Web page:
May 14, 2013 | Issue Brief on Asia and the Pacific
Pakistanis deserve credit for braving this weekend’s polls in the face of a ruthless campaign of bombings and shootings against candidates, election workers, public rallies and polling booths. With a fairly robust voter turnout of around 60 percent and marking the country’s first successful democratic transition, the elections represent a boost for civilian—over military—rule.
The vote does not represent, however, a clear-cut rebuttal of the extremists’ agenda and will not make it any easier for the U.S. to press its counterterrorism objectives in Pakistan. Nevertheless, the U.S. should continue to seek to shape Pakistan’s anti-terrorism policies in a more helpful direction by conditioning military aid and sales and making clear that Washington remains committed to a stable and democratic Afghanistan even as it withdraws combat forces.
The Pakistan Muslim League/Nawaz (PML/N), led by two-time Prime Minister Nawaz Sharif, is set to win the most parliamentary seats, although it may fall short of obtaining the number necessary to obtain a majority (136). The PML/N will likely bring in independents or smaller parties to form a coalition government.
The Pakistan People’s Party (PPP), which is led by President Asif Ali Zardari and has held power the last five years, fared relatively poorly, winning only about 30 seats—about a third of the seats it took in the last election.
The Pakistan Tehreek-e-Insaf (PTI), led by former Pakistani cricket star Imran Khan, is likely to win the third largest number of seats, so far claiming 26.
Both the PML/N and PTI benefitted during the election campaign from their support for policies that are soft on terrorists. In the six weeks before the elections, the Tehreek-e-Taliban Pakistan (TTP) took responsibility for attacks that killed scores of election workers and candidates mainly from the secular-leaning parties. The TTP avoided targeting the PML/N and PTI, which pronounced their support for compromise, rather than confrontation, with the group.
The PML/N’s and PTI’s support for negotiations with the TTP and failure to denounce the attacks on the secular-leaning parties allowed the terrorists to influence the democratic process in their favor by silencing those who oppose their extremist ideology, even though they were unable to derail the elections altogether. The PML/N and PTI played into the TTP’s strategy of using violence to intimidate civilians and impose its agenda.
Pakistan is home to a plethora of terrorist groups that keep the region on tenterhooks, threaten the stability of the Pakistani state, and contribute to the spread of global terrorism. Pakistani military leaders have turned a blind eye to groups such as the Lashkar-e-Taiba, which is responsible for the 2008 Mumbai attacks that killed over 160, including six Americans. Moreover, the Pakistani military refuses to disrupt the Haqqani network of militants in the tribal border areas, even though the group has killed scores of Americans in Afghanistan and facilitates the TTP in its efforts to target the Pakistani state.
It is surprising that Sharif and Khan voiced support for negotiations with the TTP when Pakistani leaders have such a poor track record in their efforts to make peace deals with militant groups. The most disastrous attempt at peacemaking with militants came in 2008–2009, when Taliban fighters took control of the Swat Valley and then sought to make inroads in other parts of Pakistan. The military finally regained control of the Swat Valley through force in mid-2009, but its initial appeasement of the militants had allowed them to entrench in society and emboldened them to try to gain more territory.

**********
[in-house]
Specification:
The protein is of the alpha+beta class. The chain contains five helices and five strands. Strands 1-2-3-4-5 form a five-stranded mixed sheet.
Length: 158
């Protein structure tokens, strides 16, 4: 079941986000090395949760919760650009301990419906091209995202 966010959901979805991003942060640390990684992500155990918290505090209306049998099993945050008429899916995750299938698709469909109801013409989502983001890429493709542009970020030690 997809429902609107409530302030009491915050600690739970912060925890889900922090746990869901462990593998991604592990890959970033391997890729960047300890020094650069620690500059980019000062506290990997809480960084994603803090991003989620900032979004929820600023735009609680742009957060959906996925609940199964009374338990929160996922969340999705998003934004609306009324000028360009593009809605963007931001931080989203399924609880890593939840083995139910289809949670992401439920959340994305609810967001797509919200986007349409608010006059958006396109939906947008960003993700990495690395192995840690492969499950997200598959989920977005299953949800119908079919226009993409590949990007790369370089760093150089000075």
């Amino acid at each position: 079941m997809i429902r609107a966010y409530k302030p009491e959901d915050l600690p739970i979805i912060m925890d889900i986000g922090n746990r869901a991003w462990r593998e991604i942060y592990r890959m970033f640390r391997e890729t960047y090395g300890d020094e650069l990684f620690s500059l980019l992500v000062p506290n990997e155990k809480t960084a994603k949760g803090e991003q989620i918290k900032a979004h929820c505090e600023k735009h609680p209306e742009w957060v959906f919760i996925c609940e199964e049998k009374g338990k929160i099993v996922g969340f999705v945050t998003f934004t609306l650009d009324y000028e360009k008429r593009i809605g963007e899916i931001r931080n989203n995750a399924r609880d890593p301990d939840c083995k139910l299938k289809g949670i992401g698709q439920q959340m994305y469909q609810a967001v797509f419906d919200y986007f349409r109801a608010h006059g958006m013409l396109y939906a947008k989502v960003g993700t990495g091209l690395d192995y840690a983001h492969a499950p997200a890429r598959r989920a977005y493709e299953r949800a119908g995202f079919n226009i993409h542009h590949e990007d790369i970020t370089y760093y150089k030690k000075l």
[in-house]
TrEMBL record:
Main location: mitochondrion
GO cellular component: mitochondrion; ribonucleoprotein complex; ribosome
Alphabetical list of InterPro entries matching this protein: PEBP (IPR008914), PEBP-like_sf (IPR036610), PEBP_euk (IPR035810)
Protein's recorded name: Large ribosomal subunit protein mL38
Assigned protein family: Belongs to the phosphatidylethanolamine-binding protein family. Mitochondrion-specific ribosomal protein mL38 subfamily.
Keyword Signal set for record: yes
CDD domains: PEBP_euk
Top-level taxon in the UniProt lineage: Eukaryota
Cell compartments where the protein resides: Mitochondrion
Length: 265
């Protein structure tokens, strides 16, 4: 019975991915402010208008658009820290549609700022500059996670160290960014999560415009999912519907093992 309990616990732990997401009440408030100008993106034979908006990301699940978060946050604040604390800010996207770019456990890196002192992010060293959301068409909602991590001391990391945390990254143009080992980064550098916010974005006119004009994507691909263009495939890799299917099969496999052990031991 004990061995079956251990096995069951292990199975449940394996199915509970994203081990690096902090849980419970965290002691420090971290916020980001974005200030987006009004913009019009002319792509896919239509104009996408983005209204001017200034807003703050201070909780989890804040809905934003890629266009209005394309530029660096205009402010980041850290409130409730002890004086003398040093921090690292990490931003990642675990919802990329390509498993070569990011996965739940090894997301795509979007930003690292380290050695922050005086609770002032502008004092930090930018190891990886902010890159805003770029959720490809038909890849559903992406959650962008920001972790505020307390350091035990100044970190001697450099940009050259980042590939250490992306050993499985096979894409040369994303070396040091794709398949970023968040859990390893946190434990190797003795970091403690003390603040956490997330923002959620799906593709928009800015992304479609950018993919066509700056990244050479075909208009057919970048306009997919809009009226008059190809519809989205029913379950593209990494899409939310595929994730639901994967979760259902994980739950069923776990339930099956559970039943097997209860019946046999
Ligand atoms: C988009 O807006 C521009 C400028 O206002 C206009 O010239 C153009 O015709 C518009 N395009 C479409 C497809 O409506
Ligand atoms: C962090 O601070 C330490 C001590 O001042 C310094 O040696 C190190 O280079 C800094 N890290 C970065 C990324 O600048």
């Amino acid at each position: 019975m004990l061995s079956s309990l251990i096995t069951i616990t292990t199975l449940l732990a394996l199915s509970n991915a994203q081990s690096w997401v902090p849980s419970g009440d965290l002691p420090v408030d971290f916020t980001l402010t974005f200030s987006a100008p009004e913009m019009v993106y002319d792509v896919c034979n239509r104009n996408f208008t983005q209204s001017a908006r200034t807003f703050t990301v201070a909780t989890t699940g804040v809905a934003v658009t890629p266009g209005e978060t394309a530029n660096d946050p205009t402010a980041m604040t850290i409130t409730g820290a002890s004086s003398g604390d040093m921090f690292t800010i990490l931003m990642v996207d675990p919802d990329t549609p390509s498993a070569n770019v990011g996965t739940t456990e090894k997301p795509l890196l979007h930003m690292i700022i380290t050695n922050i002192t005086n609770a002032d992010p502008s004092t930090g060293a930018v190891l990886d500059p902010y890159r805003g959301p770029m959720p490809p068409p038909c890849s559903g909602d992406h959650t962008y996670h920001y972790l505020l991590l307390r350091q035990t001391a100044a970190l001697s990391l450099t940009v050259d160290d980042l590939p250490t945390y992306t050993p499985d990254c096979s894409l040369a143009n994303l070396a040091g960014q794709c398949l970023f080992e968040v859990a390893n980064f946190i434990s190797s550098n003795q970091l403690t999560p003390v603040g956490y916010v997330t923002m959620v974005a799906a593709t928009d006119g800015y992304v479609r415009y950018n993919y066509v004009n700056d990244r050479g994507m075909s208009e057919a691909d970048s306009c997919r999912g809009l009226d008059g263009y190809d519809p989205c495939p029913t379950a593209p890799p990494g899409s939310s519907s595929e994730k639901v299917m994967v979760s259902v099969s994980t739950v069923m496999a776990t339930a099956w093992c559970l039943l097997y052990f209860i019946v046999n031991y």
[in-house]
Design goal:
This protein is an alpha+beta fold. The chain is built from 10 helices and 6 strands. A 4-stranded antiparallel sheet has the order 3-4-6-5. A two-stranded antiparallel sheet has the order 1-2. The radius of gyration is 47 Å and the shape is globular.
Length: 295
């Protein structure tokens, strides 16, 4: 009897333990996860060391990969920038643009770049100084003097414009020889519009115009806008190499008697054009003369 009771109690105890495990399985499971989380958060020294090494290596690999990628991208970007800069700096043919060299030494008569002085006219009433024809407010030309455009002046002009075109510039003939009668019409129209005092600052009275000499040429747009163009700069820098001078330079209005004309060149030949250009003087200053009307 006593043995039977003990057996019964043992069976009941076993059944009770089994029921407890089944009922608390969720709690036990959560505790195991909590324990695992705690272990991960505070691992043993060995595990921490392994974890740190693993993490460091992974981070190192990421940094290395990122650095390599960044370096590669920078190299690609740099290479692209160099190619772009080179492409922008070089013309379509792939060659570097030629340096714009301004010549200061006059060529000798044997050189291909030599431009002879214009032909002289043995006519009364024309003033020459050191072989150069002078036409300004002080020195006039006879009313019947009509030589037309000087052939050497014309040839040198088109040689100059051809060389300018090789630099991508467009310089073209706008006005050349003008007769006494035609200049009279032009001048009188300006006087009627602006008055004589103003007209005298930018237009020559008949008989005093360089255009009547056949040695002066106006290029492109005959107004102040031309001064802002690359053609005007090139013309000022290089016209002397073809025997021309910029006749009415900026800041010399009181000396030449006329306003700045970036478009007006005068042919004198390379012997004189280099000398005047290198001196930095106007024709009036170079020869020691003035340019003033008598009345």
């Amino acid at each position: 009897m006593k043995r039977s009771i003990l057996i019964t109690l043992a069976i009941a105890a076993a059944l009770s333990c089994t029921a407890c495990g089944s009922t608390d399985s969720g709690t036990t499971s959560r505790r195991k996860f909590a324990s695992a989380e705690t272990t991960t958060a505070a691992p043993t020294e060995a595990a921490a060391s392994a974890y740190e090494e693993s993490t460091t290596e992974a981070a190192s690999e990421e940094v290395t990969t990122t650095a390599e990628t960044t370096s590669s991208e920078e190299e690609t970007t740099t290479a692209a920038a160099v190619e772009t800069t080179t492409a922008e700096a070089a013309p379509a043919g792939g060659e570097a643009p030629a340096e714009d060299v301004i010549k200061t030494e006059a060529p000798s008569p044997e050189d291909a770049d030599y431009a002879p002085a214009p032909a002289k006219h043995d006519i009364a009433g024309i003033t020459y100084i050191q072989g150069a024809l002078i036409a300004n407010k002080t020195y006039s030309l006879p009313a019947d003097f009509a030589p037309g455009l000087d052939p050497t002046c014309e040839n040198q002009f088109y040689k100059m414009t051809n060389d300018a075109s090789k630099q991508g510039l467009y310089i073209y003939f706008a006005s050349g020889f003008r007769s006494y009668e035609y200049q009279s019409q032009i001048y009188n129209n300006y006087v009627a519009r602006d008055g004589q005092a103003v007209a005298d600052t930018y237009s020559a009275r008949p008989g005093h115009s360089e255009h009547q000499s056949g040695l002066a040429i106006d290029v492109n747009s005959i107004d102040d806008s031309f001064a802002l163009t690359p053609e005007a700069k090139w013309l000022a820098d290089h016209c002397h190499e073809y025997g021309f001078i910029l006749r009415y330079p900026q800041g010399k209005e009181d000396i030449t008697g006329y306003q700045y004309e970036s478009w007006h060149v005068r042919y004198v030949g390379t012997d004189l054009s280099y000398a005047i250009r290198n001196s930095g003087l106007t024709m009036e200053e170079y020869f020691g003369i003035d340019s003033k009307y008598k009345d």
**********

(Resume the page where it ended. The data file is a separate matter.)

Pursuing U.S. counterterrorism objectives in Pakistan will not be any easier after this election and could even become more difficult. Sharif campaigned on a policy of reordering ties with the U.S. and convincing Washington to end controversial drone strikes against terrorists in the Afghan–Pakistani border areas. Khan was even more strident in his calls to end counterterrorism cooperation with the U.S., even threatening to shoot down U.S. drone aircraft.
Sharif may temper some of his election rhetoric against U.S. policies in recognition of Pakistan’s need to retain American support with the international financial institutions on which Pakistan will rely to bail out its faltering economy. But he will be constrained by Pakistani public opinion, which blames U.S. policies for Pakistan’s problems.
In light of the direction of Pakistani politics revealed by this election campaign and outcome, the U.S. should accept that Pakistan will likely be an even less reliable counterterrorism partner moving forward. Nevertheless, the U.S. should continue to try to shape Pakistani counterterrorism policies in a more helpful direction, especially with regard to the future of Afghanistan. More specifically, the U.S. should:
Pakistan’s first successful transition from one democratically elected government to another is an important marker for the evolution of democracy in the country. However, it will not make U.S. efforts to garner Pakistani counterterrorism cooperation any easier. The U.S. should continue to use a combination of incentives and disincentives to encourage Pakistan to play a more active and effective role in countering extremists on its territory.
—Lisa Curtis is Senior Research Fellow for South Asia in the Asian Studies Center at The Heritage Foundation.